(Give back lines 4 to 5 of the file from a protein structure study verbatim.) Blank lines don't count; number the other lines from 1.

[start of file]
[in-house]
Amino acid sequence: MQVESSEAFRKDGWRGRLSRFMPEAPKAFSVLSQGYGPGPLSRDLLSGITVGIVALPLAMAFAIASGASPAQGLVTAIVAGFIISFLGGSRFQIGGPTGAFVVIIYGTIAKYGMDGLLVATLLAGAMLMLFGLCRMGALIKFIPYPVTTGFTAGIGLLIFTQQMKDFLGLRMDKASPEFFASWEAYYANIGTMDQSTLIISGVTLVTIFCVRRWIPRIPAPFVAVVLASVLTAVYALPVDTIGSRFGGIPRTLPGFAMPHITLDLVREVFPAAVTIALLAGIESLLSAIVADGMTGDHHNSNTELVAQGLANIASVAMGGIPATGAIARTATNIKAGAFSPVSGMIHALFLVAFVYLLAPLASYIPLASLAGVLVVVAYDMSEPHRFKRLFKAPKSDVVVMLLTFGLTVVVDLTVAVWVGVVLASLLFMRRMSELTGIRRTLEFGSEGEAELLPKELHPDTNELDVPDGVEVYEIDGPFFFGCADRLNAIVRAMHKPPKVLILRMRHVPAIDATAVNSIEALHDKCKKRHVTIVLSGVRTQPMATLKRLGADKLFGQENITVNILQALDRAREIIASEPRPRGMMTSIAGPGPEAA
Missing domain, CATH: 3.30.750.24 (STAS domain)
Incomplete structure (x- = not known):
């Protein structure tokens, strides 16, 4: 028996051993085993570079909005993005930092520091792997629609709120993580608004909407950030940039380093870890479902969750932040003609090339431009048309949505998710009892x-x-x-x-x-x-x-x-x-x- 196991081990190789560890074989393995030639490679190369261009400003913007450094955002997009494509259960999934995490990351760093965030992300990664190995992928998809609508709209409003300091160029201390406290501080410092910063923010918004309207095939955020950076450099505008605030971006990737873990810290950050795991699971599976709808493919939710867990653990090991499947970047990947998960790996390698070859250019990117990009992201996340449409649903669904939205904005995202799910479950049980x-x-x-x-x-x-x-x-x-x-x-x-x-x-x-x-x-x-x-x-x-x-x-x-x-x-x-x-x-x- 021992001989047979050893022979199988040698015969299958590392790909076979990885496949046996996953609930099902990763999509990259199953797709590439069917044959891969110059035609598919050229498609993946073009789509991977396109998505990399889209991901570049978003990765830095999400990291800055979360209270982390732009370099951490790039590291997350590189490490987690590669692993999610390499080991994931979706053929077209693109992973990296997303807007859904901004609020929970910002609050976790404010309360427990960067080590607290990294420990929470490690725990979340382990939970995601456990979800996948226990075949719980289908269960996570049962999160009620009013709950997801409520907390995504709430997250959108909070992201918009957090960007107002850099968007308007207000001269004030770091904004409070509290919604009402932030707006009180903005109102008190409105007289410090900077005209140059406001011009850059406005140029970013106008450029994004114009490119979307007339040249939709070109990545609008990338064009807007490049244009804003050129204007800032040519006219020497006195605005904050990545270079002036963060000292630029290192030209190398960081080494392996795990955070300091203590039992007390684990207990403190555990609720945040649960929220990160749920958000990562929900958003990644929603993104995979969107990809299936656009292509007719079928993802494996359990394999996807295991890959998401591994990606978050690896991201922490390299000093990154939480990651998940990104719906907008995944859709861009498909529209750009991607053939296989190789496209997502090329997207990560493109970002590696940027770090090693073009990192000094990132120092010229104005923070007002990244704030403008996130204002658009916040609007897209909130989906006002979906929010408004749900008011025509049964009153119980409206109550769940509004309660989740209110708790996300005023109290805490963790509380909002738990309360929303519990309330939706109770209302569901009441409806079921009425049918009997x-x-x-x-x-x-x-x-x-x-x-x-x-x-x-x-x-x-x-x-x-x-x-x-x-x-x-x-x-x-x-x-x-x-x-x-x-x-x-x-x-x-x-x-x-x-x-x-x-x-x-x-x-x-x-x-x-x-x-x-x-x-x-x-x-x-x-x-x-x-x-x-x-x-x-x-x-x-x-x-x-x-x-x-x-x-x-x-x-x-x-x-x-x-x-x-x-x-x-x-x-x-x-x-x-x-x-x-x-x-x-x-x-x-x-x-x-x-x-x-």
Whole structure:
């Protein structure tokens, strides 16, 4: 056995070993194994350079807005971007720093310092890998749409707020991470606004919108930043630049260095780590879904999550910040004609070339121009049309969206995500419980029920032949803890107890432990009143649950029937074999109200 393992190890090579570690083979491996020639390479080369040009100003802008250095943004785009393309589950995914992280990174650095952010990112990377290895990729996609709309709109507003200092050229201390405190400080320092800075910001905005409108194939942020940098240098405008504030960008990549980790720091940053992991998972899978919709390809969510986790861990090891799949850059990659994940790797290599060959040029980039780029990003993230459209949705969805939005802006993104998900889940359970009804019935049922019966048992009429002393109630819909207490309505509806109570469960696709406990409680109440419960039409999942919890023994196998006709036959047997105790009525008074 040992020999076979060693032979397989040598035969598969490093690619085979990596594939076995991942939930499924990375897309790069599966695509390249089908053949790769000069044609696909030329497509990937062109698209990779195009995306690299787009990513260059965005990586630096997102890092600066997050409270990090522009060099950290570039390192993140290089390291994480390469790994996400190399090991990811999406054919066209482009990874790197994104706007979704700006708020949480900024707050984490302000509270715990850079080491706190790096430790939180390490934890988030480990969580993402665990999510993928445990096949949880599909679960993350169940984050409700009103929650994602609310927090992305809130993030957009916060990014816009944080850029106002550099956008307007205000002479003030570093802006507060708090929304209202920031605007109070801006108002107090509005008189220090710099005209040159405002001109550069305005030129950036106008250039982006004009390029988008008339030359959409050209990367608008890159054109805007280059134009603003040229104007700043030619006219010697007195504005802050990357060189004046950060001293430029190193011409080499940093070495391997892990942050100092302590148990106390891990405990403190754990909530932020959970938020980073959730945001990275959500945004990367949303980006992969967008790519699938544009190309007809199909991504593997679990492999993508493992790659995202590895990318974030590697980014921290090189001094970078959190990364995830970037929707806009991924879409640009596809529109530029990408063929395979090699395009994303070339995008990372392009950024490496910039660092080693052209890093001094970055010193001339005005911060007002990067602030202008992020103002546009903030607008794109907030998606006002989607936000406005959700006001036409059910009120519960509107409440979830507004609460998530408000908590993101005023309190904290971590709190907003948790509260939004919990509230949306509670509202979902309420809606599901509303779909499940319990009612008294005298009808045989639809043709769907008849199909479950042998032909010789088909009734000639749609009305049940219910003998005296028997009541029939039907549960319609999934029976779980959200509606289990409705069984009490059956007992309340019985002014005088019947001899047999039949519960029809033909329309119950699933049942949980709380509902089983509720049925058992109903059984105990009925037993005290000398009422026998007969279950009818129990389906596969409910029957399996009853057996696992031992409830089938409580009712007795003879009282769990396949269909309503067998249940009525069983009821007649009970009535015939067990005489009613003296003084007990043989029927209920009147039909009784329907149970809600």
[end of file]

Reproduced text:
Incomplete structure (x- = not known):
């Protein structure tokens, strides 16, 4: 028996051993085993570079909005993005930092520091792997629609709120993580608004909407950030940039380093870890479902969750932040003609090339431009048309949505998710009892x-x-x-x-x-x-x-x-x-x- 196991081990190789560890074989393995030639490679190369261009400003913007450094955002997009494509259960999934995490990351760093965030992300990664190995992928998809609508709209409003300091160029201390406290501080410092910063923010918004309207095939955020950076450099505008605030971006990737873990810290950050795991699971599976709808493919939710867990653990090991499947970047990947998960790996390698070859250019990117990009992201996340449409649903669904939205904005995202799910479950049980x-x-x-x-x-x-x-x-x-x-x-x-x-x-x-x-x-x-x-x-x-x-x-x-x-x-x-x-x-x- 021992001989047979050893022979199988040698015969299958590392790909076979990885496949046996996953609930099902990763999509990259199953797709590439069917044959891969110059035609598919050229498609993946073009789509991977396109998505990399889209991901570049978003990765830095999400990291800055979360209270982390732009370099951490790039590291997350590189490490987690590669692993999610390499080991994931979706053929077209693109992973990296997303807007859904901004609020929970910002609050976790404010309360427990960067080590607290990294420990929470490690725990979340382990939970995601456990979800996948226990075949719980289908269960996570049962999160009620009013709950997801409520907390995504709430997250959108909070992201918009957090960007107002850099968007308007207000001269004030770091904004409070509290919604009402932030707006009180903005109102008190409105007289410090900077005209140059406001011009850059406005140029970013106008450029994004114009490119979307007339040249939709070109990545609008990338064009807007490049244009804003050129204007800032040519006219020497006195605005904050990545270079002036963060000292630029290192030209190398960081080494392996795990955070300091203590039992007390684990207990403190555990609720945040649960929220990160749920958000990562929900958003990644929603993104995979969107990809299936656009292509007719079928993802494996359990394999996807295991890959998401591994990606978050690896991201922490390299000093990154939480990651998940990104719906907008995944859709861009498909529209750009991607053939296989190789496209997502090329997207990560493109970002590696940027770090090693073009990192000094990132120092010229104005923070007002990244704030403008996130204002658009916040609007897209909130989906006002979906929010408004749900008011025509049964009153119980409206109550769940509004309660989740209110708790996300005023109290805490963790509380909002738990309360929303519990309330939706109770209302569901009441409806079921009425049918009997x-x-x-x-x-x-x-x-x-x-x-x-x-x-x-x-x-x-x-x-x-x-x-x-x-x-x-x-x-x-x-x-x-x-x-x-x-x-x-x-x-x-x-x-x-x-x-x-x-x-x-x-x-x-x-x-x-x-x-x-x-x-x-x-x-x-x-x-x-x-x-x-x-x-x-x-x-x-x-x-x-x-x-x-x-x-x-x-x-x-x-x-x-x-x-x-x-x-x-x-x-x-x-x-x-x-x-x-x-x-x-x-x-x-x-x-x-x-x-x-």